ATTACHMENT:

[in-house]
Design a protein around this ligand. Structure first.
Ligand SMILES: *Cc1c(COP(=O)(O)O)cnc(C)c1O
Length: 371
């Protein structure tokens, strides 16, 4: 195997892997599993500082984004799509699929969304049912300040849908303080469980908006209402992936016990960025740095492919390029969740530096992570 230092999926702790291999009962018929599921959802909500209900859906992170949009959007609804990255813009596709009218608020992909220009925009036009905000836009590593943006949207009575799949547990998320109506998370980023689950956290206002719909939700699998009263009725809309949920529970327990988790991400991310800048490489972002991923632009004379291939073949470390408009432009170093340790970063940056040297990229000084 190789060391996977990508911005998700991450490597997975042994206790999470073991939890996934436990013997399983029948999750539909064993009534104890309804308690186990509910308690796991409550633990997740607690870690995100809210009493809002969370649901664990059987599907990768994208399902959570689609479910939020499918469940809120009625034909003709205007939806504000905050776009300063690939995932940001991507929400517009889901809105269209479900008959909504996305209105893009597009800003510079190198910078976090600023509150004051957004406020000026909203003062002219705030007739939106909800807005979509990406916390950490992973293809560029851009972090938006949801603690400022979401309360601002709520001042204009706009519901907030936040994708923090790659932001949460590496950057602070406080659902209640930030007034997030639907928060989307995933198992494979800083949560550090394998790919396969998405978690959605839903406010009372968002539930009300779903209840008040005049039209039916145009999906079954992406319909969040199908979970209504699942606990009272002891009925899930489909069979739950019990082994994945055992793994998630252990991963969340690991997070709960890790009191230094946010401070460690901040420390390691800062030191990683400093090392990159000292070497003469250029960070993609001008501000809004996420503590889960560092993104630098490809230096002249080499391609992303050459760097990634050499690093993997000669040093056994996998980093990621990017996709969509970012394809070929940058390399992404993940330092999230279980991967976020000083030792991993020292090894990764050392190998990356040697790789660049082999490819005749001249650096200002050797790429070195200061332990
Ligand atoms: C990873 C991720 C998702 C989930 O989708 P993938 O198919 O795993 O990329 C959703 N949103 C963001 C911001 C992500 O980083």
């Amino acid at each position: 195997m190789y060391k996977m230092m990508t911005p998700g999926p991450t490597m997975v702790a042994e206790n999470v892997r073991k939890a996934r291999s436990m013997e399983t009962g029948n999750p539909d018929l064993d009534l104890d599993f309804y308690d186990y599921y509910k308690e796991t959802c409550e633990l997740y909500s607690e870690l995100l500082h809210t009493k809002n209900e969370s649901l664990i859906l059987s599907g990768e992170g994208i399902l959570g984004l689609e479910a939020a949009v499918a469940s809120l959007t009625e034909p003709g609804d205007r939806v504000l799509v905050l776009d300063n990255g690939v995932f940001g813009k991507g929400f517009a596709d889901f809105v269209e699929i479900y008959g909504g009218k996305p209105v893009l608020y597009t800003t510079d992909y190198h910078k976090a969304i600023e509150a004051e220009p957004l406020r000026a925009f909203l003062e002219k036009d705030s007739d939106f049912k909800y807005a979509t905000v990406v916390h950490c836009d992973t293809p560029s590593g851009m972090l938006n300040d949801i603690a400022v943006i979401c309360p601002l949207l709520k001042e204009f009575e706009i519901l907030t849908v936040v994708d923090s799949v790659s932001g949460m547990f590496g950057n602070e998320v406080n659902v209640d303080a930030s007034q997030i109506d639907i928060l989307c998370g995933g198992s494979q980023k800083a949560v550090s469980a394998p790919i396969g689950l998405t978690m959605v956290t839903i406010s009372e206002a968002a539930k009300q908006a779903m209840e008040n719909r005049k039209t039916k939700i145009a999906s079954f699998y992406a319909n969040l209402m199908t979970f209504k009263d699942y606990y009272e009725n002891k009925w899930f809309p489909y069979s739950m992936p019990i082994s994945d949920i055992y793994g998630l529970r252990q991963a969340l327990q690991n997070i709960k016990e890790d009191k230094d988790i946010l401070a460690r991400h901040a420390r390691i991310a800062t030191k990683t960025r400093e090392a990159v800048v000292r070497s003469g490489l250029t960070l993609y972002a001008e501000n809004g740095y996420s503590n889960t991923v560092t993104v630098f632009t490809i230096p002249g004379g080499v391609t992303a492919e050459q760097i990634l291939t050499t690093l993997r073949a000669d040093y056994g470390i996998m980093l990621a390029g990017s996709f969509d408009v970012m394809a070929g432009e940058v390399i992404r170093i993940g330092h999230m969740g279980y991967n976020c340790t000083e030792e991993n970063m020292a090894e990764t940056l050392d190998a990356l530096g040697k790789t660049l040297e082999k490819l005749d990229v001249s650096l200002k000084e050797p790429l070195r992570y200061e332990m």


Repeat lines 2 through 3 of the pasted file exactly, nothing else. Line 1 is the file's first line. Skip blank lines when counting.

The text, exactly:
Design a protein around this ligand. Structure first.
Ligand SMILES: *Cc1c(COP(=O)(O)O)cnc(C)c1O